Kane:Steele Brothers #5By: Cheryl Douglas
“Ever asked yourself why you haven’t been able to hold down a relationship?” Ryker asked.
“I’m not the only one,” I said, hooking a thumb at Gabe. “He hasn’t either, and you’re not jumping all over him.”
“That’s because he’s willing to give this thing a chance,” Ryker said. “Not for Jack’s benefit, but because he realizes it’s the best thing for him and Beck and Tanner.”
“So you’ve all talked about this?” I asked, hurt that I’d been left out of the loop. “And you all, what, decided you’re going to forget everything that son of a bitch did to Mom?”
“Kane,” Macy said, laying her hand on my forearm. “Maybe the best way to honor your mom’s memory is by being a real family again. Isn’t that what she would have wanted?”
“I can’t do this right now,” I said, pushing my chair back. “I need some air.”
I heard Ryker offering to go after me, but the click of heels on the tile told me Macy had beaten him to it. We stepped outside just as the breeze picked up, and I passed a woman whose perfume was strong enough to knock me on my ass.
Macy stepped in front of me, blocking my path, and gripped my biceps. “You can’t go there with an attitude like this. I get that you’re still angry with him, and you have every right to be. But if you want to let him have it, don’t do it in front of your brothers. Ryker’s right. None of this is their fault.”
I wanted to lash out, to blame someone, and I hated that my brothers seemed so willing to forgive and forget the man who’d made our lives miserable. I shook Macy off before walking a safe distance away, hoping she would get the message I wanted to be alone.
But she didn’t. She followed me to a stone bench and sat beside me, reaching for my hand. “I know it’s not easy to heal old hurts, but sometimes it’s worth the effort. Don’t you think?”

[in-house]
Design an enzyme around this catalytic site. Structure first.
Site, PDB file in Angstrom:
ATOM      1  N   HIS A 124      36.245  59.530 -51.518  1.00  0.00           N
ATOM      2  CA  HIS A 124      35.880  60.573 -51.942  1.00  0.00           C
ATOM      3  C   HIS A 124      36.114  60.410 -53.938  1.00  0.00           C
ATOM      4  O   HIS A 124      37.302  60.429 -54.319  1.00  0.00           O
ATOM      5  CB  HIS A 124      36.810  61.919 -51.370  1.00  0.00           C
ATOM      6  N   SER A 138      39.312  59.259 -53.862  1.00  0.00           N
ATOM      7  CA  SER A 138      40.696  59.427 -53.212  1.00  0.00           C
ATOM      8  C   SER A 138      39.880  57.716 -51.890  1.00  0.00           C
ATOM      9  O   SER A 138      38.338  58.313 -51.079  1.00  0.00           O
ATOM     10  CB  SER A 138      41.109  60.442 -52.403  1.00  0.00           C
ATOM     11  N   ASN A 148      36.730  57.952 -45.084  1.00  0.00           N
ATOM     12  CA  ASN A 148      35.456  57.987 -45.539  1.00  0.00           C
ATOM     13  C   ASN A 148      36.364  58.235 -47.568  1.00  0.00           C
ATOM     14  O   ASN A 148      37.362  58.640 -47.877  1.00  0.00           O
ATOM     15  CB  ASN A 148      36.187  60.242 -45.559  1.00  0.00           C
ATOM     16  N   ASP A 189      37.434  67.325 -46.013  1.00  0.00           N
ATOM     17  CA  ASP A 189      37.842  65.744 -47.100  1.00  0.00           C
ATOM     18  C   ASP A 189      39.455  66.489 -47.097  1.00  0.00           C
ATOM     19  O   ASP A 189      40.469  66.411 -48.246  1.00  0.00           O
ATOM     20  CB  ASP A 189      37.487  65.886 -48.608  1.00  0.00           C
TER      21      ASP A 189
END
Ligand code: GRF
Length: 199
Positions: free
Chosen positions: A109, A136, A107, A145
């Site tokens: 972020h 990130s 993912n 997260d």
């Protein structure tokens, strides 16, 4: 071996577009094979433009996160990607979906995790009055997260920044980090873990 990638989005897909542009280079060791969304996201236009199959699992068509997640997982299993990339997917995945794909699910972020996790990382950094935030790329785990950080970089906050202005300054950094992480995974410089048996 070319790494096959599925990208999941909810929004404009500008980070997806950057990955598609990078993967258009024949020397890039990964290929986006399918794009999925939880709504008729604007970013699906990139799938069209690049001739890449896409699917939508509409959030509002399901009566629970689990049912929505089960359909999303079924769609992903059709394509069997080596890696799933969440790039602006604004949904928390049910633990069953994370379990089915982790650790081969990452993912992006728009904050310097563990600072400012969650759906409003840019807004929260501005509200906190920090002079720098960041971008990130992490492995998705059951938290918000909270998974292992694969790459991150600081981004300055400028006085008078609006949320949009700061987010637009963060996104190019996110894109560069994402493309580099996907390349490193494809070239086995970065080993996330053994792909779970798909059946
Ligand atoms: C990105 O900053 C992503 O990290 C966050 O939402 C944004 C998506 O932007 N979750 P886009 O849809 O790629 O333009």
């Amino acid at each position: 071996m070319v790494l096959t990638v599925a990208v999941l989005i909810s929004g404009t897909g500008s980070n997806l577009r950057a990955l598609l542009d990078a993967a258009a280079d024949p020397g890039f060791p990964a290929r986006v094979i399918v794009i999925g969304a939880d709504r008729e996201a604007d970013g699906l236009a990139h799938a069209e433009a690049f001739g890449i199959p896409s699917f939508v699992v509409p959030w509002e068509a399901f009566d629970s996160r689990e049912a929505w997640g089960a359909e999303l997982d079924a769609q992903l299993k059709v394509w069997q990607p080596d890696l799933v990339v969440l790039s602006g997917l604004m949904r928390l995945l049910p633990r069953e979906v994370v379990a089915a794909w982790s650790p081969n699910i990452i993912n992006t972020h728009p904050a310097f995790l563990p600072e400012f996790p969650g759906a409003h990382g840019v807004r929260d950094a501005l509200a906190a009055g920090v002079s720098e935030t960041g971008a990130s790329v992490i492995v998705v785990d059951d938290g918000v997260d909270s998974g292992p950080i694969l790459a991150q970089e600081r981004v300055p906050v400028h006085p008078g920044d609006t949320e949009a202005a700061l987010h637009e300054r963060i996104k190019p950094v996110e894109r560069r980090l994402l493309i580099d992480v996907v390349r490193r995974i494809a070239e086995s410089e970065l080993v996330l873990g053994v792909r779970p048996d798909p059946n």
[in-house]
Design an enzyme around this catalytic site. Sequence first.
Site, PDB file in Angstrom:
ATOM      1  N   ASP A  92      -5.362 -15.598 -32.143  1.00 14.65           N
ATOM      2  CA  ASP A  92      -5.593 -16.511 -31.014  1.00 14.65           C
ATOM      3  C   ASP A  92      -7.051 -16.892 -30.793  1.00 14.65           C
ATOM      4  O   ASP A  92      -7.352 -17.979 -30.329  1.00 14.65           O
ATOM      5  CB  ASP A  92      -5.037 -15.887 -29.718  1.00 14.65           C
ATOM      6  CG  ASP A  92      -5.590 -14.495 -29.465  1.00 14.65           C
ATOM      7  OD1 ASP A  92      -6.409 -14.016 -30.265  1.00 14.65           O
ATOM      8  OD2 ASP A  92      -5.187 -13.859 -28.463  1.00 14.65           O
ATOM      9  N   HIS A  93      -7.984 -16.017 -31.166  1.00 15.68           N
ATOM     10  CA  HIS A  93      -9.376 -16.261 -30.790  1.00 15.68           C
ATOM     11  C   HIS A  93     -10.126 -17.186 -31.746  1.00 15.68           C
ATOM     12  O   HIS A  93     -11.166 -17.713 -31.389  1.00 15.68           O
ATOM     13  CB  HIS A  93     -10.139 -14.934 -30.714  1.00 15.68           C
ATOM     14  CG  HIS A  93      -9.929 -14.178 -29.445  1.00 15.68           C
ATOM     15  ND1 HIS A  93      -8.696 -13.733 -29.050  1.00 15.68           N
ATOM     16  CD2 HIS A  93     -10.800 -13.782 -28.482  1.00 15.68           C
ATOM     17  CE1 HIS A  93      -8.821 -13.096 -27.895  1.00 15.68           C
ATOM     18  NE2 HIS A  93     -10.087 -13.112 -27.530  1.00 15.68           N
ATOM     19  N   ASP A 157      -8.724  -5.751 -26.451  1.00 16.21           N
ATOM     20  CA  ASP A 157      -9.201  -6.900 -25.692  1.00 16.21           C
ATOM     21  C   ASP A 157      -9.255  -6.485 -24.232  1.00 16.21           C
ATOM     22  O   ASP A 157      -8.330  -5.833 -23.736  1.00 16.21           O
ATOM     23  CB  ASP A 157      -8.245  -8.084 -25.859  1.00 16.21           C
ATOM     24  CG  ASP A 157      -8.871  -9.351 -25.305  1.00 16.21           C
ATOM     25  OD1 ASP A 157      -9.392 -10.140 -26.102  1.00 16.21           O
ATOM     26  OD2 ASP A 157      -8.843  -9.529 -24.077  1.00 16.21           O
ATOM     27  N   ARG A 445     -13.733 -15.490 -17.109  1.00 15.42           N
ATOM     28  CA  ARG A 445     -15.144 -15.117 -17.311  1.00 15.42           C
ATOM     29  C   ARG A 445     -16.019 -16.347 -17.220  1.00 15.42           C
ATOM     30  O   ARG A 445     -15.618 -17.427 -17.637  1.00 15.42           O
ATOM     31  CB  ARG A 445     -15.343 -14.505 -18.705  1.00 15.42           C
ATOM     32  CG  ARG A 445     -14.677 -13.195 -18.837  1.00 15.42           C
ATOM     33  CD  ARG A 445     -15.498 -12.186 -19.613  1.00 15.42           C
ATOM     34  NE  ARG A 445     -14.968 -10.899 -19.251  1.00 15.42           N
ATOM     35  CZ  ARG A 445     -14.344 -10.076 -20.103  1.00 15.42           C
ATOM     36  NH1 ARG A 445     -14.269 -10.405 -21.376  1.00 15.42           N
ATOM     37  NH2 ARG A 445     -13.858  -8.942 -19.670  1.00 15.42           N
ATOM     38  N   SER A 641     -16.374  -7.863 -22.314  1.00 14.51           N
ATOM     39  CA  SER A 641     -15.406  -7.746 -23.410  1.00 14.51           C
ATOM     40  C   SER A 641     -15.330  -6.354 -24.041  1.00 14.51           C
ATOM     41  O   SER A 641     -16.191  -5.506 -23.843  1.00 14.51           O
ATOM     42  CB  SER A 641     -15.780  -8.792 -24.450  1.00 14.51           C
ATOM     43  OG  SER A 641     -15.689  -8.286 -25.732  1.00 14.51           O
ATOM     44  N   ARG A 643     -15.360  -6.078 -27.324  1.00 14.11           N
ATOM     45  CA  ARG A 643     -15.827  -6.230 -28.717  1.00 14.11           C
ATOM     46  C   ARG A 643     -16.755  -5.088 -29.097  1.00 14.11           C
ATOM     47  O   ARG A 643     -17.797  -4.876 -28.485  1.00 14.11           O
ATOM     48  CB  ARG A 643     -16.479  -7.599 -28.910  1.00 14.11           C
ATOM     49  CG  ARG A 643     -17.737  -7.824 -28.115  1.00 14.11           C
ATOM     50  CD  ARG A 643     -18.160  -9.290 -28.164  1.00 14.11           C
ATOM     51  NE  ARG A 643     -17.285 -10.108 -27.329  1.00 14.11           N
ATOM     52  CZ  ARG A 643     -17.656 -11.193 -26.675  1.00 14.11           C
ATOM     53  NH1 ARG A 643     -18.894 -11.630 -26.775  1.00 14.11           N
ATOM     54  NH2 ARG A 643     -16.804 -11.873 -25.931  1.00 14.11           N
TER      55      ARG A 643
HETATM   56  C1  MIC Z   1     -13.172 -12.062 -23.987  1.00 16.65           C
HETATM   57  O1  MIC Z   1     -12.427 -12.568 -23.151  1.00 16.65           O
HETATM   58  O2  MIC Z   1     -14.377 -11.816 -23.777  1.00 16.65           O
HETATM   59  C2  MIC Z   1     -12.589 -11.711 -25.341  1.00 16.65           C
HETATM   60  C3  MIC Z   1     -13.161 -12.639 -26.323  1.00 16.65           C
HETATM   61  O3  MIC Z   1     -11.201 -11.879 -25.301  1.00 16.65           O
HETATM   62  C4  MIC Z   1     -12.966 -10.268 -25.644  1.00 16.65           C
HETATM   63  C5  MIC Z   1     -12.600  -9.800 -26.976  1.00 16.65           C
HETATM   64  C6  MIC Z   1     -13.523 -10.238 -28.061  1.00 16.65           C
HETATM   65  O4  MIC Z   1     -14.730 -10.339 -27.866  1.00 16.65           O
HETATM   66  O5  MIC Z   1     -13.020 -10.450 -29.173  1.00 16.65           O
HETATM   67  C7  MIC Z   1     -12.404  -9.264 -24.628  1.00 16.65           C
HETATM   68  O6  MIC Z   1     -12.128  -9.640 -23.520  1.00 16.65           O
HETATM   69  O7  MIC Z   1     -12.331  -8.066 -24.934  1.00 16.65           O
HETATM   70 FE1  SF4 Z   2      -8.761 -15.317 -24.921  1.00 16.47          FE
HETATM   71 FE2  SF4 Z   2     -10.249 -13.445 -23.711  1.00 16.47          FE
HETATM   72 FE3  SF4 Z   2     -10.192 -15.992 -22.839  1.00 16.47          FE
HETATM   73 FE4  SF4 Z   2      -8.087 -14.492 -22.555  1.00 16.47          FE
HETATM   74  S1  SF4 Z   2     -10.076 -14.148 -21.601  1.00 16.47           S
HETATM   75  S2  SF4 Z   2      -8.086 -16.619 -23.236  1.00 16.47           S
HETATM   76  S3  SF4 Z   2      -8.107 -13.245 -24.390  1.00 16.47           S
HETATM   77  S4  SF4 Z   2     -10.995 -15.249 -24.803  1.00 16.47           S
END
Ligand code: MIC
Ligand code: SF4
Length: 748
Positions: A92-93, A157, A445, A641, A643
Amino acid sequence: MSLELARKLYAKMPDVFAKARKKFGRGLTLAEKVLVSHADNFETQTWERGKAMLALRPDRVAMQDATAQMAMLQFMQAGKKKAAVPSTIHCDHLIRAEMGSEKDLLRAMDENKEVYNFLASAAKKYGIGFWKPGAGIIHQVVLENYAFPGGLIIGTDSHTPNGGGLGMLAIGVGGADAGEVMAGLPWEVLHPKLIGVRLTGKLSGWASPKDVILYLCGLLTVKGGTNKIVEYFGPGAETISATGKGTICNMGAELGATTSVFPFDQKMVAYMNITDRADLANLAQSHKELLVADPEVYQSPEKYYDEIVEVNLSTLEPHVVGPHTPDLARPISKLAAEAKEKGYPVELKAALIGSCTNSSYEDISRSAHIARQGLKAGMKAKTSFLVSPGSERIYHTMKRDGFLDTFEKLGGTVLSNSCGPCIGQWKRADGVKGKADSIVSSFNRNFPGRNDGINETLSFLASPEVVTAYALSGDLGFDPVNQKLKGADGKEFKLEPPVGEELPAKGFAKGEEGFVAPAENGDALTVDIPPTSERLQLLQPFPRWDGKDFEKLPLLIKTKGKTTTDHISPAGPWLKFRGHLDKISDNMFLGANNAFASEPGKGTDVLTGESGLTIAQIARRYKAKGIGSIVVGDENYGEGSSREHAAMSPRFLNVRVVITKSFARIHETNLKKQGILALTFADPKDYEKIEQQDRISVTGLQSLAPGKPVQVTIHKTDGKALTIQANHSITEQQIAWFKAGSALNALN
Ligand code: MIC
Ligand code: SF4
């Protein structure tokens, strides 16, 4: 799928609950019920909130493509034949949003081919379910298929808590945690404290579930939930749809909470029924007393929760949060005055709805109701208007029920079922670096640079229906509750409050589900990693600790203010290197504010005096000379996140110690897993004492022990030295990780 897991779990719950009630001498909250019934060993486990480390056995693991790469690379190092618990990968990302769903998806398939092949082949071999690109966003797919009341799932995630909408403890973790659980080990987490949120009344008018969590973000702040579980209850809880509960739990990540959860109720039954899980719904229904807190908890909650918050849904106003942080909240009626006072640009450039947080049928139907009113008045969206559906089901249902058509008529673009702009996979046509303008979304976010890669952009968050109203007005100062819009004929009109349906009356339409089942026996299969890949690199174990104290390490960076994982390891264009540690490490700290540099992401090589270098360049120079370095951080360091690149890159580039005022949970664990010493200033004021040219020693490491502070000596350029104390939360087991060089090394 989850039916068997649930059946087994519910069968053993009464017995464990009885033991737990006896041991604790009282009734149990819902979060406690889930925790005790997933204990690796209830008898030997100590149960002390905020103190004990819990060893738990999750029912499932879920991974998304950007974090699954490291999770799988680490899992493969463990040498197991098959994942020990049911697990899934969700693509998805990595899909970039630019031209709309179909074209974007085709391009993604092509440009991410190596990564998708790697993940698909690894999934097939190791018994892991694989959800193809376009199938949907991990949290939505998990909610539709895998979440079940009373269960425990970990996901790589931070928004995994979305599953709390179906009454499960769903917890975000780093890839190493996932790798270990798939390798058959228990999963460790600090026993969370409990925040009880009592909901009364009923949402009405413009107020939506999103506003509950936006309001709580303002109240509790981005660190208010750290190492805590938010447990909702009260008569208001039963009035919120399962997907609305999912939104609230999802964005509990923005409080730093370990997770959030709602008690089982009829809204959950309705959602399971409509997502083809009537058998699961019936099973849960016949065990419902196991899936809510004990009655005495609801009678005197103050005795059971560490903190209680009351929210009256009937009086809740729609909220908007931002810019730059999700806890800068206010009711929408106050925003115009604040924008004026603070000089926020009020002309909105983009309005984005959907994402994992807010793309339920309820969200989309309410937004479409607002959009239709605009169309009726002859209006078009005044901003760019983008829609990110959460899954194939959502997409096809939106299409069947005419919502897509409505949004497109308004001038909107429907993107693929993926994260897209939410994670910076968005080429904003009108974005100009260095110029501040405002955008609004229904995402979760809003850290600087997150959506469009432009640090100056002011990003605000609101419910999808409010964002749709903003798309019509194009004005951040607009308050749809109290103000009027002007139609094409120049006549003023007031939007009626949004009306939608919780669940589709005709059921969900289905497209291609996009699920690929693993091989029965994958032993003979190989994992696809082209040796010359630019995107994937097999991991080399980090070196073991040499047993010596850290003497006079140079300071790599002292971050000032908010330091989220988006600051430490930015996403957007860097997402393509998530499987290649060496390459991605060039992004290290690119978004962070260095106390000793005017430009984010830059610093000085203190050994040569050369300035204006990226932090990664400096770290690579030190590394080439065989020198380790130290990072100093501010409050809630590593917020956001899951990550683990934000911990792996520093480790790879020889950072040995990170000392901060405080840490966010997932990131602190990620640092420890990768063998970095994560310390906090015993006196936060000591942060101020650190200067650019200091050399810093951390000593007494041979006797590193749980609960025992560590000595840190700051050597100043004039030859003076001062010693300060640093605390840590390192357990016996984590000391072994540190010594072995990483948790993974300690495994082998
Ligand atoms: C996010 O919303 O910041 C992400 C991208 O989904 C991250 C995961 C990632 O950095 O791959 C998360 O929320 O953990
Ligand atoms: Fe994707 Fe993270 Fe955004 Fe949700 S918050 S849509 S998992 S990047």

“I’m not sure this can be healed,” I said, watching some guy pass the keys to a black Ferrari off to an eager valet.
“Maybe that’s because you never let yourself consider the possibility it could be.”
We’d talked about my father a lot during the time she spent at my place during her last visit to Tampa. She understood the things he’d done: drifting from one job to another, blowing money we didn’t have on gambling, bar fights, and drinking too much, and then blaming our mother because he felt worthless and wanted to make her feel that way too.
She also understood the things he hadn’t done, and in many ways, that was harder to forgive. He’d never cared enough to read a single report card or attend any of our games. He’d called us losers, claiming we were headed nowhere. He’d never once tried to encourage us or insulate us from the world. Instead he’d shown us firsthand how brutal life could be when you didn’t learn how to defend yourself.
“I know Brody says he’s changed,” I said, slipping my hand free of hers as I leaned forward. “And maybe he has. I don’t know. But I was just a couple of years younger than Ryker when he finally left, and I remember how hard it was, trying to make it on our own. Ryker wasn’t the only one working hard to try to keep everything together. I did my part too.”
“I know you did,” she whispered, touching my back.
I rested my elbows on my knees, looking at her over my shoulder. “Ryker was right about one thing in there.”
“My reasons for not getting into anything too serious. I have a hard time trusting people outside of my family. Some of that is Jack’s influence, but a lot of it has to do with my job. I’ve answered a lot of domestic violence calls, and I’ve seen firsthand how ugly things can get.”
“But you already knew that,” she said, quietly. “You’d lived through it.”
“Yeah.” And I would never be able to forget it. My mother had been a sweetheart who deserved a man who loved and appreciated her. Instead she got Jack, a man who hated himself and blamed her. “And I think somewhere along the way, I just shut down. I’m not even sure how to open up anymore.” Or if I want to.
“We all have emotional scars. Whether it’s from our childhood, past relationships, jobs…” She sighed. “No one gets through life unscathed. It just doesn’t happen.”
“I guess you’re right. But sometimes shutting down just seems easier, you know?”
“I do,” she said, smiling. “Take it from someone who knows—relationships are a lot of hard work. Sometimes they’re worth it. Sometimes they’re not. But I guess you’ll never know if you’re not willing to try.”
Glancing at her left hand, where her wedding ring would soon rest, I nodded. “I guess I don’t have a choice, do I? I’ve got to try.”
Macy’s words came back to me as I stood on Jack’s front porch. I was here because I was ready to try. I wanted to bury the past, not resurrect it, but I’d intentionally come when Jack said he’d be alone because I knew I’d need a little help laying it to rest.